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     Astrid Bear wrote March 17th:  My mother, Karen Anderson, died last night. It was a peaceful and unexpected passing -- she died in her bed and was found by the Sunday visiting nurse. Thank you to Martin Tays for being on the ground and being there today. Memorial gathering plans to be announced later, but in the meantime, raise a glass to the memory of a fine woman. If you are moved to make a donation, please consider the SFWA Emergency Medical Fund or the UCLA Medical School.
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     Jessica Amanda Salmonson wrote March 17th:  Karen Anderson, widow of SF giant Poul Anderson, passed away this morning. She colaborated on some of Poul's works, and ocassionally published tales entirely her own. She was a leader in filking, costuming, and co-founder of the Society for Creative Anachronists. She passed some of these interests on to her daughter Astrid Bear, whose lovely hubby Greg Bear, another giant of SF, could boast being the son-in-law of the incredible Karen and Poul, now both equally lost to us. Astrid reported that her mom passed "peaceful and unexpectedly." My heart goes out to this incredible clan that has contributed to so many of the pleasurable reading moments of my whole life.
     Martin Tays wrote March 18th:  Karen Anderson: September 16, 1932 - March 18, 2018.  She was my friend, and I will miss her terribly.
Betty Knight:  October, 2017 (reported by Tom Locke, who says she was 92)

Dian Crayne:  October, 2017 (announced on Facebook October 5, 2017 by Bill Mills who heard of it from mutual friend Peggy Hebrand who also lives in Willits)
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Milt Stevens, November 16, 1942 - October 2, 2017, Pillar of LASFS and Patron Saint & LASFS Luminary: 
Milt donated his SF library to the CSUN Oviatt Library -- and they put on an exhibition
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Marty Cantor writes:  "Milt Stevens was hospitalized on Thursday, September 28th, and I believe it was initially thought to be pneumonia. A little while ago, I got a call from Marcia Minsky (who lived not all that far from him in Simi Valley and usually [with her brother] drove Milt to LASFS meetings), telling me that Milt had died of a heart attack at 4 am this morning.
     "Milt had donated about 8 couches (for our previous clubhouse) and was very active in helping LASFS' Board of Directors in looking for its next clubhouse.
     "Milt was a wonderful writer and I was happy to pub in my genzines his 'deconstructions', er, reviews of various sf books.
     "ilt was also part of my Corflu concom, handling programming. And, I will say it here, he personally paid off the con's $1200+ budget deficit, and he did so happily as he felt that Corflu was a fannish good and he wanted this series of cons to continue."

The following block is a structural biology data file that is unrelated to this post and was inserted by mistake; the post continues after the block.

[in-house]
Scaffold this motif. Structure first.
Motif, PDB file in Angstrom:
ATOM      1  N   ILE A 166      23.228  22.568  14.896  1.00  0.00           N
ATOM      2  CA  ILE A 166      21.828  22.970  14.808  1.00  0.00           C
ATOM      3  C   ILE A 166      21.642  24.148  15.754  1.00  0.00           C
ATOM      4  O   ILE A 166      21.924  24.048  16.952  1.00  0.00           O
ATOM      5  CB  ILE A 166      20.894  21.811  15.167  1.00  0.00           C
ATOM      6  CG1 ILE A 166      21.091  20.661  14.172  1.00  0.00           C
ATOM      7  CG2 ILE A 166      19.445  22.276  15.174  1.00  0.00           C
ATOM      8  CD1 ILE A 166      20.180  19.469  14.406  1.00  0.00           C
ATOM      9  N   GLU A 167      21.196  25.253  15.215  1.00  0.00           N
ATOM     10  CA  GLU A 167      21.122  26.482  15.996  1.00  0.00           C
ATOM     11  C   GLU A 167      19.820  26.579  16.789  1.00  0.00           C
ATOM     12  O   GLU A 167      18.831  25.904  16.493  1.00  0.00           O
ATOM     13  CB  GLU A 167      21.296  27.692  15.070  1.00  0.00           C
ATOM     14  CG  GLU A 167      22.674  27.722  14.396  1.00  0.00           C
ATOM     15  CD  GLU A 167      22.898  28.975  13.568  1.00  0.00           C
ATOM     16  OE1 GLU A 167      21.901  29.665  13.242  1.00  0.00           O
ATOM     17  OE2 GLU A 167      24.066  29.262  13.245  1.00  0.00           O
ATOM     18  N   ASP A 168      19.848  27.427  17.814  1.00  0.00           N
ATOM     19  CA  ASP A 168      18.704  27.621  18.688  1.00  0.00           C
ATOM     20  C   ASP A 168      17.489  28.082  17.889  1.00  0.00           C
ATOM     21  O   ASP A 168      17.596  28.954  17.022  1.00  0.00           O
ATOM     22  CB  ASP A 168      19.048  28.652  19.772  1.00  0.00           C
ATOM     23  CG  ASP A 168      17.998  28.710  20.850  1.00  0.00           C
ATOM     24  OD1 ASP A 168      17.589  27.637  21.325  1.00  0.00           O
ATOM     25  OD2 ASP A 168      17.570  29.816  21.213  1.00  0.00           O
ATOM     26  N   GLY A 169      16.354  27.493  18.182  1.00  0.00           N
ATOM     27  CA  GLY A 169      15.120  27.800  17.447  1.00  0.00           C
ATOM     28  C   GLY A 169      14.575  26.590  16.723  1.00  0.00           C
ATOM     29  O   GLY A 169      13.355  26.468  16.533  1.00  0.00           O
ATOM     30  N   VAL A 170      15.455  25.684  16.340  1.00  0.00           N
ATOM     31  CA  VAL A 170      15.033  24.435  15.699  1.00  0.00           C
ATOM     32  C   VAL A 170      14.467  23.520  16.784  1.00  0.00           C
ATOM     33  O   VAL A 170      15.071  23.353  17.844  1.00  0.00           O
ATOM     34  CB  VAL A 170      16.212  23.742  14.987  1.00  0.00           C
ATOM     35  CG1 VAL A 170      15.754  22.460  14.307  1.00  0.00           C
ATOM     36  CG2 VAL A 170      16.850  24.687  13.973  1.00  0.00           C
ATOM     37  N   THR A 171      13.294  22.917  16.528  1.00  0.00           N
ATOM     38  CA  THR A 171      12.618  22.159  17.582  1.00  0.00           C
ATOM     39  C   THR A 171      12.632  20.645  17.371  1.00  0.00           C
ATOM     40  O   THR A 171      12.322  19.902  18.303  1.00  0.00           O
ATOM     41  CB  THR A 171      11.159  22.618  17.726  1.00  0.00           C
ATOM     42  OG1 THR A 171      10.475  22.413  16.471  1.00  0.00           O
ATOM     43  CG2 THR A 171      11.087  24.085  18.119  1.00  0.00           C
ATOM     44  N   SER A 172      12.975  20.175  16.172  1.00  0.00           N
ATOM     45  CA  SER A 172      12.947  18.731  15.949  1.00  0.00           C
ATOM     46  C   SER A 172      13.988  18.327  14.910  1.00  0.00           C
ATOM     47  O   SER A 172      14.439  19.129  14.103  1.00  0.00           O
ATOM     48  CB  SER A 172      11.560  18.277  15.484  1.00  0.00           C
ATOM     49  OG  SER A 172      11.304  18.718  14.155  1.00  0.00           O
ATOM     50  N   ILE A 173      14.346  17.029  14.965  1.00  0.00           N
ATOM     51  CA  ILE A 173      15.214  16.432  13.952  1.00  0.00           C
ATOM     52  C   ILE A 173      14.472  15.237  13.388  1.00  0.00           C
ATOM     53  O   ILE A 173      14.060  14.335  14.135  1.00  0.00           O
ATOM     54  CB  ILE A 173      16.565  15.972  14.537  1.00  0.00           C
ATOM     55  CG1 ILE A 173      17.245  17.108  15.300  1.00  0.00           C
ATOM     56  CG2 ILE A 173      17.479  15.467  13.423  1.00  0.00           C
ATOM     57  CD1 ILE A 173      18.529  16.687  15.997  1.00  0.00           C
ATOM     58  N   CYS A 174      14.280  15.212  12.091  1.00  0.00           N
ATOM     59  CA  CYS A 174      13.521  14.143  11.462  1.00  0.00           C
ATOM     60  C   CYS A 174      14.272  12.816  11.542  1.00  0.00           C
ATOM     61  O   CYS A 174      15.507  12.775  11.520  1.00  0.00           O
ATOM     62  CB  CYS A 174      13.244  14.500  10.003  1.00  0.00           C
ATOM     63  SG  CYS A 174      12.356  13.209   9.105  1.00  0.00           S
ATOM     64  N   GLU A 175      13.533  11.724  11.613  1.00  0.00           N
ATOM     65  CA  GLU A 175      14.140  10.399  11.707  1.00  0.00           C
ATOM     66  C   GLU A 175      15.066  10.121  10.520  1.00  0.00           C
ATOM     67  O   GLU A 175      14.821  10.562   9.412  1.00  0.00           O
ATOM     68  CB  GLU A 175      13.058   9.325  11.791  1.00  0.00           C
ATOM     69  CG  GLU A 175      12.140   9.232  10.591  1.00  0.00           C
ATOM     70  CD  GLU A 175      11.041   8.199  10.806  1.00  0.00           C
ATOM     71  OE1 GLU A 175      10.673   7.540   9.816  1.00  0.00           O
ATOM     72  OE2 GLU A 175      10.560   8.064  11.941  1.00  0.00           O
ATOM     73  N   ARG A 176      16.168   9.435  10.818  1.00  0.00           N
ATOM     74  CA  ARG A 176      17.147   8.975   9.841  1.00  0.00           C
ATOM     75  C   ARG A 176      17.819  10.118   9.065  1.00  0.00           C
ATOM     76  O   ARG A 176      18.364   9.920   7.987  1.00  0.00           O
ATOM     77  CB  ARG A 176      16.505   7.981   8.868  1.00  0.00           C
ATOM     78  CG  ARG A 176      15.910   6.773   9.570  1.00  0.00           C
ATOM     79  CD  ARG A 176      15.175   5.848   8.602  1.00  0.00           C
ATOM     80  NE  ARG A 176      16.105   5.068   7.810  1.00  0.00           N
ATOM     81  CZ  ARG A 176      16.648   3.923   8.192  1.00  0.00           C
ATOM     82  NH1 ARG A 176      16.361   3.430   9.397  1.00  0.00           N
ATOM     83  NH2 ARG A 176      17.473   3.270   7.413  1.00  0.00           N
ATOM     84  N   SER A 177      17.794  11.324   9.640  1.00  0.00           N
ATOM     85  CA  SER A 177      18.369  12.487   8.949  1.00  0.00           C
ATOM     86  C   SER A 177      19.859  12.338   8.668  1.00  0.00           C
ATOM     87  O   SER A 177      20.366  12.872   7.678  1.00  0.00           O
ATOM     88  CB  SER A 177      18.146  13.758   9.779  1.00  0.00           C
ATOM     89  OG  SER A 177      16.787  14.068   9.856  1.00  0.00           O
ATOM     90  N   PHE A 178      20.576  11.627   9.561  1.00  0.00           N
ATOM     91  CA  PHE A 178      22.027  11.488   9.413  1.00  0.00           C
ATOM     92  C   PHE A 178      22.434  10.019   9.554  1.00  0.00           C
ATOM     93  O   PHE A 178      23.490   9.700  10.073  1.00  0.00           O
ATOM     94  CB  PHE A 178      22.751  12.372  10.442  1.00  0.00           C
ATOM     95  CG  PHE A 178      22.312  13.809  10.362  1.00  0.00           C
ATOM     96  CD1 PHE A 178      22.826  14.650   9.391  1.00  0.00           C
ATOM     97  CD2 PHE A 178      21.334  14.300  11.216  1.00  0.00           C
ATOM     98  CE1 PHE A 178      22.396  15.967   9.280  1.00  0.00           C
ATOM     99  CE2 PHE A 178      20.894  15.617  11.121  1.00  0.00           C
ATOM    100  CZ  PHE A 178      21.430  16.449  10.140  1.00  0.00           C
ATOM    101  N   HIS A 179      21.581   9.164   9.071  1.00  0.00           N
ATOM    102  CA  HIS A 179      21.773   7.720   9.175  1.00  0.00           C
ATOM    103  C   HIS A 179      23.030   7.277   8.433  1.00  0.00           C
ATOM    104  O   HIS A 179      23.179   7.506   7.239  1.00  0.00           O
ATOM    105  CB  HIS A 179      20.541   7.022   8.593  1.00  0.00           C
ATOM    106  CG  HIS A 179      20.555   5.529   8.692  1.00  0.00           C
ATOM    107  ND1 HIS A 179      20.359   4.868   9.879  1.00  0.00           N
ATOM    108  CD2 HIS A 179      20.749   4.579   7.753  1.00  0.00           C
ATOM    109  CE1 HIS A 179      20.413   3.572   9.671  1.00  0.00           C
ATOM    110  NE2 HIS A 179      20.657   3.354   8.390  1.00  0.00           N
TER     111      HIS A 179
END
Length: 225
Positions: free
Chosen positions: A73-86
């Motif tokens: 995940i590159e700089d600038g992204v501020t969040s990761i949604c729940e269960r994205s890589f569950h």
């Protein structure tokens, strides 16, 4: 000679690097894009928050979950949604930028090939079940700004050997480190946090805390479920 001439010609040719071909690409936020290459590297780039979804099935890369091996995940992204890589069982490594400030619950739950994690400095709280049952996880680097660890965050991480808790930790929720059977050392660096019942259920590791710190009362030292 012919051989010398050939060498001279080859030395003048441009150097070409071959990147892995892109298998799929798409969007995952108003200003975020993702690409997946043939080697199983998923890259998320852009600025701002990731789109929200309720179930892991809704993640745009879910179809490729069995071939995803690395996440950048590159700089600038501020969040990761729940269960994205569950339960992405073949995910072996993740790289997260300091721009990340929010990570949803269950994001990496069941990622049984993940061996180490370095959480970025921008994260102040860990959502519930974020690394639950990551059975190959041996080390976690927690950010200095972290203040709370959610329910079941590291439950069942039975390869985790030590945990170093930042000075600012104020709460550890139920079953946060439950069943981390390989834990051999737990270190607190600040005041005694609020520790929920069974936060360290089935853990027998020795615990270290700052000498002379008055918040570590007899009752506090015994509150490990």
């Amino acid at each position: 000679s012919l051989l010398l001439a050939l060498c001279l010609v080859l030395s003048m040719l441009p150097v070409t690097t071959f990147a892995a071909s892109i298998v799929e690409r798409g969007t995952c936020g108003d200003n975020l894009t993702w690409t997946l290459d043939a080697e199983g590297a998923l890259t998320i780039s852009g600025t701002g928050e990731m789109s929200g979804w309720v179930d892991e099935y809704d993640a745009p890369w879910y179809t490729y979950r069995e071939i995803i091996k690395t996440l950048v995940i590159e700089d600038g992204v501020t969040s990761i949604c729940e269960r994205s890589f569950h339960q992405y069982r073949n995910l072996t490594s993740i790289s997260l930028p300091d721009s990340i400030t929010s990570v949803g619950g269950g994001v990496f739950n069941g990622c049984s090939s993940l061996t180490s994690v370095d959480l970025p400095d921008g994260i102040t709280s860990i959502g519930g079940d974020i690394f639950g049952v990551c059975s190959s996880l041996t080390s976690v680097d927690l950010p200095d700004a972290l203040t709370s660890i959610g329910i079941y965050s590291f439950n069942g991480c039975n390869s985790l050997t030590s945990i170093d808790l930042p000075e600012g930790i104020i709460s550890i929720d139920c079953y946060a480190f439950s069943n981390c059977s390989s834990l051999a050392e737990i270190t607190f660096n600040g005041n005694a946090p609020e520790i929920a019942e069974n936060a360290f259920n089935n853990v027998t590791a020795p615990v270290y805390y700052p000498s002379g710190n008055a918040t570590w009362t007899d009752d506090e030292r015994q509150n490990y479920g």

Leonard (Tex) Smith, September 19, 2017:  Father of of his son Jared Smith and his daughter Roxanne Smith Mills.   Also known as Baron Viscount Sir Christian of Orange, First Prince of CAID.  Passed at approx. 5pm in Lake Havasu, Arizona as a result of complications in the heart surgery which he was undergoing there. "Tex" (a name he was known by in West Coast fandom back in the Sixties. 
     "Leonard Lee Smith (78) passed away in Lake Havasu, Arizona (where he was a resident) on Tuesday, September 19th 2017, from complications following surgery. He is survived by two children, Roxanne and Jared, two ex-wives, his sister Carroll Lee, and two grand-children. Leonard worked most of his life as boat builder and factory supervisor, but he also enjoyed cooking and was an early member of The Society for Creative Anachronism. In recent years he became an avid Karaoke enthusiast, owned thousands of karaoke music files and with them Leonard often hosted/MC'd Karaoke nights at various Lake Havasu locations. As a happy Lake Havasu resident Leonard spent much of his time at the Lake Havasu Senior Center where he volunteered as a cook and worked with the Meals on Wheels program."
Len Wein , joined LASFS 7-16-1987:   September 10, 2017

Jerry Pournelle :  (August 7, 1933 - September 8, 2017), Pillar of the LASFS
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Dwain Kaiser:  July 3, 2017, shot to death
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There is a GoFundMe page to help with final Expenses.  "We are raising money to help his wife, JoAnn Kaiser, who is in her 80s and lives well below the poverty level. Dwain and JoAnn owned one of the last used bookstores in Pomona, not because they made a enough money to live on, but because they loved educating our community. More importantly, they loved BOOKS. JoAnn is unable to cover the overwhelming expenses she will incur during this time of great loss: funeral, a memorial service, moving, and paying store bills.  We reach out to all of you for support. Any assistance you can provide will impact JoAnn's ability to grieve the loss of her best friend and husband without the burden of wondering how she is going to survive financially. All proceeds will go toward Dwain’s funeral, a memorial service, and moving expenses."